What does a senior visual content designer do?
Shanti Sparrow talks about teaching through joy and discovery, taking big swings, and the beauty of urban graphics
Illustration by Gracia Lam
What do you do at Adobe?
I’m a senior visual content designer currently helping to create engagement and learning experiences within the Adobe Photoshop ecosystem. Behind the scenes I break down tools, techniques, and skills into their most basic building blocks then rebuild those blocks into the most efficient flow for a user to follow. The best part about my role is that every day offers a different opportunity to flex my creative muscles: from ideating big picture concepts, and building practical visual systems, to finding small human moments to connect with learners through illustration.
Engaging with learners is a privilege of my job. Learners are not a homogeneous group, they’re individuals each with unique needs and stories to tell, and my goal is to break down any barriers that might prevent them from using our tools to tell their stories. When creating this content, I call on my experience as a teacher to bring storytelling, delight, and character to lessons so they’re not only informative but also enjoyable, so the lessons will “stick” and empower the people learning to use our creative applications.
What’s your team working on?
Our team is currently exploring rich orientation and learning interventions, with a focus on early user engagement, inside Adobe's creative products like Photoshop and Adobe Illustrator. We champion new user success through in-app tutorials and helpful guidance in the app UI. My contribution is to bring visual life to this guidance; from an impactful featured hero asset down to the visual form of subtle in-app interventions.
A big part of learning is being part of a community, moving with a body of people, and hopefully progressing along with them. Individual learning can be more difficult for people because of that lack of shared experience. Our team wants to bridge that gap and make learning our products a community-connected experience, so we’re also exploring ways to visually reflect in-app learning and skill adoption progress, so people not only have a map of what's possible to learn, but they understand how skills fit into their bigger picture of creative intent.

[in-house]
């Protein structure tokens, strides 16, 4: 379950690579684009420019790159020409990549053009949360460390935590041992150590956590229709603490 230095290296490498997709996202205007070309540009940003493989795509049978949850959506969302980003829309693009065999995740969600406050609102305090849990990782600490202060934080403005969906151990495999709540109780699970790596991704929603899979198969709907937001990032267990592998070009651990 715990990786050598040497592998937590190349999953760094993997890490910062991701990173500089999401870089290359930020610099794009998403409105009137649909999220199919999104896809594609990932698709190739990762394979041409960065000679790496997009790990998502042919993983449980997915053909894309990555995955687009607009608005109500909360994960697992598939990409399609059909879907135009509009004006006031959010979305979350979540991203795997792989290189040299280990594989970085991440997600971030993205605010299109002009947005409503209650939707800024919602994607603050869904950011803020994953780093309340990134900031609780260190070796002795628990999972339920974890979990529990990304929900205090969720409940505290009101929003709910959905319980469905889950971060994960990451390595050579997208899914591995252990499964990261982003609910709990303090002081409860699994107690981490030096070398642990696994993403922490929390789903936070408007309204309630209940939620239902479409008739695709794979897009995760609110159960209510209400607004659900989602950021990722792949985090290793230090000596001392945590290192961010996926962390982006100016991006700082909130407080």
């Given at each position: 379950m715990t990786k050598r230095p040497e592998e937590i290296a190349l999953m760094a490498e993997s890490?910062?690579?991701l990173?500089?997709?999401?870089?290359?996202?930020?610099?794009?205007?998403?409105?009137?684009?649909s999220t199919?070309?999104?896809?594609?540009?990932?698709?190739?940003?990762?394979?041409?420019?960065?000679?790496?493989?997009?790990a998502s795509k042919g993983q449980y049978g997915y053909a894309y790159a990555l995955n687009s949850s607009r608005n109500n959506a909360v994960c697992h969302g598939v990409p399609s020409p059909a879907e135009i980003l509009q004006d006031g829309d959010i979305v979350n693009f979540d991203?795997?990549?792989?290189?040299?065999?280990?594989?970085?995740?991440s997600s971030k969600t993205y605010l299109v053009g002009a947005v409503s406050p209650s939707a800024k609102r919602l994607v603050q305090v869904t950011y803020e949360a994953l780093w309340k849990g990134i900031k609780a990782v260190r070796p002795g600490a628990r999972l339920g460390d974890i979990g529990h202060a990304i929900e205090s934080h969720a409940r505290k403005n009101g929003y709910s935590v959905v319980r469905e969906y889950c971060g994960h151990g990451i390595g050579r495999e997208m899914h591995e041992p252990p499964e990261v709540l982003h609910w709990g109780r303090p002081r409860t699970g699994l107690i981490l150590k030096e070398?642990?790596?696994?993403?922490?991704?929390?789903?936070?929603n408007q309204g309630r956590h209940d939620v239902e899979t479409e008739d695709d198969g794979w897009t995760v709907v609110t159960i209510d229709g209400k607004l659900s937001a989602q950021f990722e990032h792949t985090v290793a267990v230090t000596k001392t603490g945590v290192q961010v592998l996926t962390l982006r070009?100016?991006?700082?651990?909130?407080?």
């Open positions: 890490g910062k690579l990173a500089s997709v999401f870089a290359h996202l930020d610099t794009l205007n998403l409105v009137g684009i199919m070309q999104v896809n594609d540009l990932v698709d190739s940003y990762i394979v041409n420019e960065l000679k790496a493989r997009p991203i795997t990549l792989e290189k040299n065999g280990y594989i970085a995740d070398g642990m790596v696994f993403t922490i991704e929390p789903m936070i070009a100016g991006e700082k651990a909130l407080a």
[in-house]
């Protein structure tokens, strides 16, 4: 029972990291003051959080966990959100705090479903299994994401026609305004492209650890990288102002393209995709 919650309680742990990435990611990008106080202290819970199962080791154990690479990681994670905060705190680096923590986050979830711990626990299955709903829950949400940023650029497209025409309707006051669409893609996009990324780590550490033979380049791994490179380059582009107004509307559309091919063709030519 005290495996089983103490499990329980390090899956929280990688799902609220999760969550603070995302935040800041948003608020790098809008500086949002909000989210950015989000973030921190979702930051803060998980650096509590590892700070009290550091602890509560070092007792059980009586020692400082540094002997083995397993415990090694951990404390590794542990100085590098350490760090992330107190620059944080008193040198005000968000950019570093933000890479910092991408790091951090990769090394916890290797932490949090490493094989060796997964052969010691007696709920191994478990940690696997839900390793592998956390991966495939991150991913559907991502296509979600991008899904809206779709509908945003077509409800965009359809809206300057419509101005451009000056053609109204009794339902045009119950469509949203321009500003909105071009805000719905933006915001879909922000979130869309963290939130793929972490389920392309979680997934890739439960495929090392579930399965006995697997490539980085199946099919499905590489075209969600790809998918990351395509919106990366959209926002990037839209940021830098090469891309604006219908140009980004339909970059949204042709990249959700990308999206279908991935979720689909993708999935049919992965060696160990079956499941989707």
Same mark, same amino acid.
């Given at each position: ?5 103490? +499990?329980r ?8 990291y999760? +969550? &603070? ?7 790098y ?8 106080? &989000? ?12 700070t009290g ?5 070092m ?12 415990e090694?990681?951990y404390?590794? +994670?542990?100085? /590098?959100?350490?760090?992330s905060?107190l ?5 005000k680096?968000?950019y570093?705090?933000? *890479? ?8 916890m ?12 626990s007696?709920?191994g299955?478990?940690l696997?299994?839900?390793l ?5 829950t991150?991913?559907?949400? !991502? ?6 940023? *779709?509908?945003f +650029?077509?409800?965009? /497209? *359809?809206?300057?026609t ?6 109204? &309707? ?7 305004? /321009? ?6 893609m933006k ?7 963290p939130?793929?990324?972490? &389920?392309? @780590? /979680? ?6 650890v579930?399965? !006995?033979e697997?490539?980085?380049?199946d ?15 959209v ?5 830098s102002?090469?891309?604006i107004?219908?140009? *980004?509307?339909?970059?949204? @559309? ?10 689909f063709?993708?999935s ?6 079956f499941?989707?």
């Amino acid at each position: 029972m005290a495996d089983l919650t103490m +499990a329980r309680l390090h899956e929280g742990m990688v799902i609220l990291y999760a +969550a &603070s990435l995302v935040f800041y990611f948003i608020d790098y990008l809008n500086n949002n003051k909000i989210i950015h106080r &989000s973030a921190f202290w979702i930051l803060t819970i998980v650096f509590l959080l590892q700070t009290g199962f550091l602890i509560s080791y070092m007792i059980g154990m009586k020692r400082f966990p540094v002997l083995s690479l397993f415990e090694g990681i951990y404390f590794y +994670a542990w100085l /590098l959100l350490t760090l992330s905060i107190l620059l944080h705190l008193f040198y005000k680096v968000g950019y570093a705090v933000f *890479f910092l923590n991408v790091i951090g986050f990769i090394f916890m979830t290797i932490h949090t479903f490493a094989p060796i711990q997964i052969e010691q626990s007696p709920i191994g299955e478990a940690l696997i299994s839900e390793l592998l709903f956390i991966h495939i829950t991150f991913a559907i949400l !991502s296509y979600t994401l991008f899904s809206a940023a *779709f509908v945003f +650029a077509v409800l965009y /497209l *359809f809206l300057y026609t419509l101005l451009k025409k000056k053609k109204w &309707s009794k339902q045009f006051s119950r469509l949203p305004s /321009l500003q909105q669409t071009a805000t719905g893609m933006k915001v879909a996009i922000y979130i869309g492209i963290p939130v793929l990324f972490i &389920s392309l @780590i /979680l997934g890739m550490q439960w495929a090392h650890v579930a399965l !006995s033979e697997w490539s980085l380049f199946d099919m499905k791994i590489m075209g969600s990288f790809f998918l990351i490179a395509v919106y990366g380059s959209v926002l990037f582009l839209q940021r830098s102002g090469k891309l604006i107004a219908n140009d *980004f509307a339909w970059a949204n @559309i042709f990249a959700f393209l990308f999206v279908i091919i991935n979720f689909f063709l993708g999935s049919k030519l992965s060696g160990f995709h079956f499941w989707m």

What essential tool, product, platform helps you do your best work?
I’m an illustrator and spend a lot of time creating original artworks for our users to learn, so Illustrator is, hands down, where I spend most of my time. But Miro, a collaborative tool that stakeholders embrace for fast-moving thinking, is a close second. It’s a great tool in the early stages of concepting and mood-boarding.
What skill do you consider a superpower?
Teaching, guiding, educating are the qualities I rely on most to help people learn our applications and to shepherd stakeholders through the creative process. Even at a company as creative as Adobe the visual design process can be a mystery so I bring teams into the ideation phases early, not only so they can better understand my process but so their point of view can help inform creative decisions and direction. The process is smoother and the results more successful when stakeholders are informed, involved, and part of the solution.
What’s on your heads-down, time-to-focus playlist?
There’s definitely a retro theme (Elton John and David Bowie remixes) that turns up in my studio, but I also vibe out to Solange, Little Dragon, SAULT, and Blood Orange during creative exploration. Then when I’m deep in the production stage of a project, and focused on using tools, I listen to podcasts and comfort shows.
What's the best professional advice you've ever received?
“If someone gives you an opportunity, never be afraid to take a big swing.” Creatives often play it safe while trying to “land the brief.” And although people should absolutely provide commercially viable solutions, when you see an opportunity, and you have the time, you should always swing. The downside means losing a few hours to a “pipe dream” but the upside means a wildcard idea might come to life or at least contribute to a healthy conversation. The day you stop swinging for the fences is the day you need to reevaluate your situation.
What excites you most about the work you're doing?
That we're trying to make our technology accessible to as many people as possible. From my teaching days I remember the frustrations of students in the middle of a learning process, and to be part of a team trying to remove some of that frustration and tension, is really rewarding. I love design, I enjoy the act of it, and hope we open every door, window, and hidden trapdoor for other creatives to experience that joy as well.
What's a dream project you're currently involved with or want to take on?
I live in Bushwick, Brooklyn, a raw and diverse neighborhood in New York that’s colorful, eclectic, and electric. It’s hugely inspiring and I’m so proud to live here. I especially love how public art is part of the landscape. The murals are landmarks for the community, meeting points, and old friends that mark history, personal memories, and moments in time. I dream of communities being able to tell more of these stories so a dream project would be to somehow connect Adobe with local artists to help spread creative and inspirational messages. Adobe actively seeks ways to make genuine personalized connections, so it’s not difficult to envision it as a champion of art and artist voices at a grassroots level.